California wildfires: Record death toll climbs to 35

More than 200 people still missing after the most lethal wildfire in US history

 

Thousands more Californians evacuated their homes on Saturday as fierce wildfires spread due to constantly shifting winds, and officials expected the official death toll of 35 to rise with hundreds of people still missing.

Sixteen major wildfires, some encompassing several smaller merged blazes, have consumed nearly 86,000 hectares (214,000 acres) over seven days, an area larger than New York City.

The 35 confirmed fatalities, including 19 in Sonoma County, make this the deadliest fire event in California’s history. Some 100,000 people have been forced from their homes, including another 3,000 evacuated on Saturday from the city of Santa Rosa, about 80km (50 miles) north of San Francisco, and another 250 from nearby Sonoma city.

“It’s an unwieldy beast right now,” fire information officer Dennis Rein said at the Sonoma County Fairgrounds in Santa Rosa, the main staging area for the so-called Nuns Fire in Sonoma County, a wine-producing region.

More than 10,000 firefighters are battling the fires, which have destroyed 5,700 buildings. At least a dozen Napa Valley wineries were damaged or destroyed, throwing California’s wine industry and related tourism into disarray.

From the air, some 70 helicopters and large aircraft including a 747, two DC-10s and about a dozen air tankers doused flames up and down the state with fire retardant, officials said.

On the ground, prison inmates were helping firefighters – sometimes digging lines to help contain fires, other times preparing meals at command centres, always with a guard watching over them.

In an area largely dependent on immigrant farm labour, US Immigration and Customs Enforcement officials said they would temporarily suspend routine operations during the emergency, “except in the event of a serious criminal presenting a public safety threat,” spokesman James Schwab said in a statement.

Ground crews gained on the wildfires on Friday but drier weather and fast-changing winds complicated efforts on Saturday, sparking a new large wildfire in Lake County, officials said.

The Nuns Fire, which had killed at least one person, was only 10 per cent contained with winds threatening more residential areas, Cal Fire spokesman Antonio Negrete said.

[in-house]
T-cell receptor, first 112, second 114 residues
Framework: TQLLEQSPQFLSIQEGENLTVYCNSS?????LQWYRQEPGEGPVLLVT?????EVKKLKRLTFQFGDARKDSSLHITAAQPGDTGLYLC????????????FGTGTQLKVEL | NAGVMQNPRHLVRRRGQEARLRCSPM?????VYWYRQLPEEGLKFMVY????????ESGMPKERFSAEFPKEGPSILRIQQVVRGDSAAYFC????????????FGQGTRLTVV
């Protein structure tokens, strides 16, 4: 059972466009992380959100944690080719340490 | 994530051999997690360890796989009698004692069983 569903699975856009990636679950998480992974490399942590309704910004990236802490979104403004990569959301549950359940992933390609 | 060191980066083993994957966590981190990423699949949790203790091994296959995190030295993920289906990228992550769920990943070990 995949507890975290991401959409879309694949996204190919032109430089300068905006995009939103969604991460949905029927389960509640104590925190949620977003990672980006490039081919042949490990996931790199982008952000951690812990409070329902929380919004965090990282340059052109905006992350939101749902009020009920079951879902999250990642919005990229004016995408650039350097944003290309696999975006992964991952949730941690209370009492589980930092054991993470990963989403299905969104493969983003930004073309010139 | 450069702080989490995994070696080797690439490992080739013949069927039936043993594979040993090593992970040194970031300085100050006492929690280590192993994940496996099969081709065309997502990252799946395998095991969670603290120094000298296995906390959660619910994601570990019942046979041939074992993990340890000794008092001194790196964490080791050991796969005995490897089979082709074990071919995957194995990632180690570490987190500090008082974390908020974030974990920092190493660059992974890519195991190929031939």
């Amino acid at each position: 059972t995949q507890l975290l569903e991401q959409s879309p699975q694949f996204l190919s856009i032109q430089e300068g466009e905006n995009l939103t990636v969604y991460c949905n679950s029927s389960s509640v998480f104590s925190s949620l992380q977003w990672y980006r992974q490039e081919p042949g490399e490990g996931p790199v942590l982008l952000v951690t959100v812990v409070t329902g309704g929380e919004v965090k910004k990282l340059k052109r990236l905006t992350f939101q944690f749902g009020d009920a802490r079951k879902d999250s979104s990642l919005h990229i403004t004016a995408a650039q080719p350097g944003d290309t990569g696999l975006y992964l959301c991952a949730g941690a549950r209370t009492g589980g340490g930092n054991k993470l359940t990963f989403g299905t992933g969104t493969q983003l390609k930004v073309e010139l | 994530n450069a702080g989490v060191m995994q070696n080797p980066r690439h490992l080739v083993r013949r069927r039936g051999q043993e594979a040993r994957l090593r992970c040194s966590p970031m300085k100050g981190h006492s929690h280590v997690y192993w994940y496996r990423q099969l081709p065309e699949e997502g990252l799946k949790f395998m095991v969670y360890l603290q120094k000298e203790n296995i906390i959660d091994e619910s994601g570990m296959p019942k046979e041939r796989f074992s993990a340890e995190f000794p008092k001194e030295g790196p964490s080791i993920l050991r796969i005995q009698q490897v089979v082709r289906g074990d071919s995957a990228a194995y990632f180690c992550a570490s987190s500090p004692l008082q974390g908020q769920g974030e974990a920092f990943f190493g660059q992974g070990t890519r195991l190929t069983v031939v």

But the more deadly Tubbs Fire, which killed at least 17 people in Sonoma County, was 44 per cent contained, which officials considered a victory.

“It’s cautious optimism but it’s optimism,” Mr Negrete said of the Tubbs Fire.

Cal Fire had estimated the fires would be contained by October 20th but may need to revise that date because of the winds that kicked up, Mr Rein said.

“It’ll set us back a planning cycle. Everything is very dynamic,” Mr Rein said.

Camping

Melissa Kenworthy, who was getting breakfast on Saturday at a Santa Rosa Red Cross centre, said she fled her home in nearby Geyserville when the fires began on Sunday and has been camping in a recreational vehicle park.

As far as she knew, her house was still standing but Geyserville was threatened by the Pocket Fire, which was only 5 per cent contained, and she said she would not go home “until the rains come”.

Whole neighbourhoods of Santa Rosa have been reduced to landscapes of grey ash, smoldering debris and burned-out vehicles.

Some victims were asleep when flames engulfed their homes, and many survivors had only minutes to flee.

California Insurance Commissioner Dave Jones on Saturday asked insurers to expedite claims for wildfire damage claims in order to help fire victims more quickly. Several insurers immediately agreed, his office said in a statement.

“Victims of these devastating wildfires need all the help we can provide,” Mr Jones said.

California governor Jerry Brown said on Saturday that the White House had approved direct aid to people in Butte, Lake, Mendocino and Yuba counties who have suffered fire losses, expanding on Friday’s action covering Napa and Sonoma counties.

The fires’ death toll surpassed the 29 deaths from the Griffith Park fire of 1933 in Los Angeles.

With 235 people still missing on Saturday in Sonoma County alone, and rubble from thousands of incinerated dwellings yet to be searched, authorities have said the number of fatalities from the North Bay fires would likely climb.

The picturesque town of Calistoga, at the northern end of Napa Valley, faced one of the biggest remaining hazards. Its 5,000-plus residents were ordered from their homes on Wednesday night as a fierce blaze dubbed the Tubbs Fire crept to within 3km of city limits.

The year’s wildfire season is one of the worst in US history, with nearly 3.5 million hectares burned, just behind 2012, according to the National Interagency Fire Center.

Reuters